Why do we continually gravitate toward those who claim to have the answers? There are 10,000 16-year-olds out there right now with nothing more than a set of ears and a laptop composing 10,000 symphonies. We won’t hear them shout from the mountaintops, we’ll hear their music seep up through cracks in the pavement, and knock us off our feet.
Great art comes from a vacuum. To give the space any other name is to rob it of its metaphysical proportions. We’re not here to name it. We’re not here to pull from it. We’re here to nurture it. In order to forge the components of composition and creation, we must feed the space from where their seeds are born. Only then will they be able to flourish.
In light of this, here are three practices that I think can help shape the perspective of the young and hungry songwriter. They aren’t answers, they’re trailheads of thought that you’re free to take to whatever end suits your mission as an artist.
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1. Gain Perspective
Consider the question, “Why make music?” and try not to give a hard-headed answer like, “It makes me feel good!” That may be a valuable sentiment, but does it really answer the question for you?
Many millennia of thought has gone into this inquiry. Some say music is for oral storytelling. Some say it is to worship the gods. Some say it is for traversing the closed bridges of language. The answer is likely a combination of many such answers plus one more: the one that resonates with you.
Spending time pondering this question will lead your brain to find patterns in chaos, to explore new avenues for creative expression, and inevitably to think deeper about your vision as an artist. If you land on a response that makes sense to you, remember it, recite it, and refer to it at a roadblock.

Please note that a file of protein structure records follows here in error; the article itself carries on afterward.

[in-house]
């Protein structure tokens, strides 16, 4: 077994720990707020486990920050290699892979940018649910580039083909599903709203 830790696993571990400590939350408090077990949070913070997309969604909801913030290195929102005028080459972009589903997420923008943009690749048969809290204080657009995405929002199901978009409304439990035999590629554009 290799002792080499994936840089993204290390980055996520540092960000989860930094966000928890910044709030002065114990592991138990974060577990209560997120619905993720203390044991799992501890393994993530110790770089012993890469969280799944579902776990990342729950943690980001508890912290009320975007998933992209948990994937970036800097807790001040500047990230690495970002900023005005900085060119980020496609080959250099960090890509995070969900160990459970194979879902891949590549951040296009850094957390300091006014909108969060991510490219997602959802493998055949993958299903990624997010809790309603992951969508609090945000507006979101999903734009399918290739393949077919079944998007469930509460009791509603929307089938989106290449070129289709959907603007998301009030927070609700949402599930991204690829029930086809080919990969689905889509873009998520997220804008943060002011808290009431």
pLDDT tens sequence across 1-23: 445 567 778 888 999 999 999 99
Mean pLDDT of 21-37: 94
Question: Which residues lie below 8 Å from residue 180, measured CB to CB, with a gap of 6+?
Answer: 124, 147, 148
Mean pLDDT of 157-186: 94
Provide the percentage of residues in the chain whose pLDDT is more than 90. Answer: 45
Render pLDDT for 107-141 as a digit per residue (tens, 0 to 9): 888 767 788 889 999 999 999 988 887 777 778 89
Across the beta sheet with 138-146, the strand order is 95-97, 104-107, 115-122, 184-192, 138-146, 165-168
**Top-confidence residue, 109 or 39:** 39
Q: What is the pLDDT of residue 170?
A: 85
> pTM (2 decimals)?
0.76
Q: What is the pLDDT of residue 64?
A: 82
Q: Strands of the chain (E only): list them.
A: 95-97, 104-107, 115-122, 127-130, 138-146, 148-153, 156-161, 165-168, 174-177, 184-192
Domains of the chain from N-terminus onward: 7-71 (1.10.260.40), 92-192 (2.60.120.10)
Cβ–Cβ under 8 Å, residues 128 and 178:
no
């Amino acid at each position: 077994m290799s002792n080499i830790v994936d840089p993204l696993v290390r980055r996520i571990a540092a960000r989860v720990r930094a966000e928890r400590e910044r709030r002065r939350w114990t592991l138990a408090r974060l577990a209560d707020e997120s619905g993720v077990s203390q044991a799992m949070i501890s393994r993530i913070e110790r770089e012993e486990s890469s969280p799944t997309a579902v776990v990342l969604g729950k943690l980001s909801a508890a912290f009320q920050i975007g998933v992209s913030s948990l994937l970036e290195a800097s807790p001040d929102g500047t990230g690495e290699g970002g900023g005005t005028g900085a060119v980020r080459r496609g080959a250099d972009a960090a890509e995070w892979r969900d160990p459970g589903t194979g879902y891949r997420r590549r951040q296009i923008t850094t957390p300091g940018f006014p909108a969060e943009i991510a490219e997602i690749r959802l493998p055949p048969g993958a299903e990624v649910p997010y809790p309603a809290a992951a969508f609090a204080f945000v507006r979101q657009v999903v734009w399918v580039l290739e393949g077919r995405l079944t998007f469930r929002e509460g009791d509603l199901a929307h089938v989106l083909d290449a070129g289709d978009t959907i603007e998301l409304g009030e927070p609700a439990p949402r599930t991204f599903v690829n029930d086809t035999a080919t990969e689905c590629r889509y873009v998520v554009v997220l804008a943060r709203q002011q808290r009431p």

2. Learn to Listen
Authors continually urge their students “to read, and read it all.” Don’t give your attention only to the canon, but also to the paperbacks at the bottom of the pharmacy magazine rack. A great reader is one who can parse through the worst book and find a nugget of wisdom.
Likewise, a great listener is one who can bear to listen against their comforts and still hear beauty.
On the flipside, the canon does exist for a reason. If a musician can’t stand a few minutes of Gregorian chanting, then maybe it’s better that their music won’t be around in 500 years.
3. Welcome Self-Critique
While it’s true that we shouldn’t work for others, that doesn’t free us from criticism. Some would run away from the side of themselves that is critical of their own work. This would be their greatest mistake.
That voice inside you constantly telling you, “No. This isn’t right. You’re awful. You’ll never amount to anything” doesn’t exist out of spite. It’s necessary for our continued growth. And whether you like it or not, it will always be there. There’s never an excuse to settle, embrace the devil on your shoulder, and push yourself to make the voice happy.
What do you think? Is this just a bunch of philosophical mumbo-jumbo? Is art valuable? Or is there merit to making music specifically for Spotify listens? Reply in the comments.
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Bob Barrick is a singer-songwriter and freelance content creator. Find him on tour or at www.bobbarrick.com.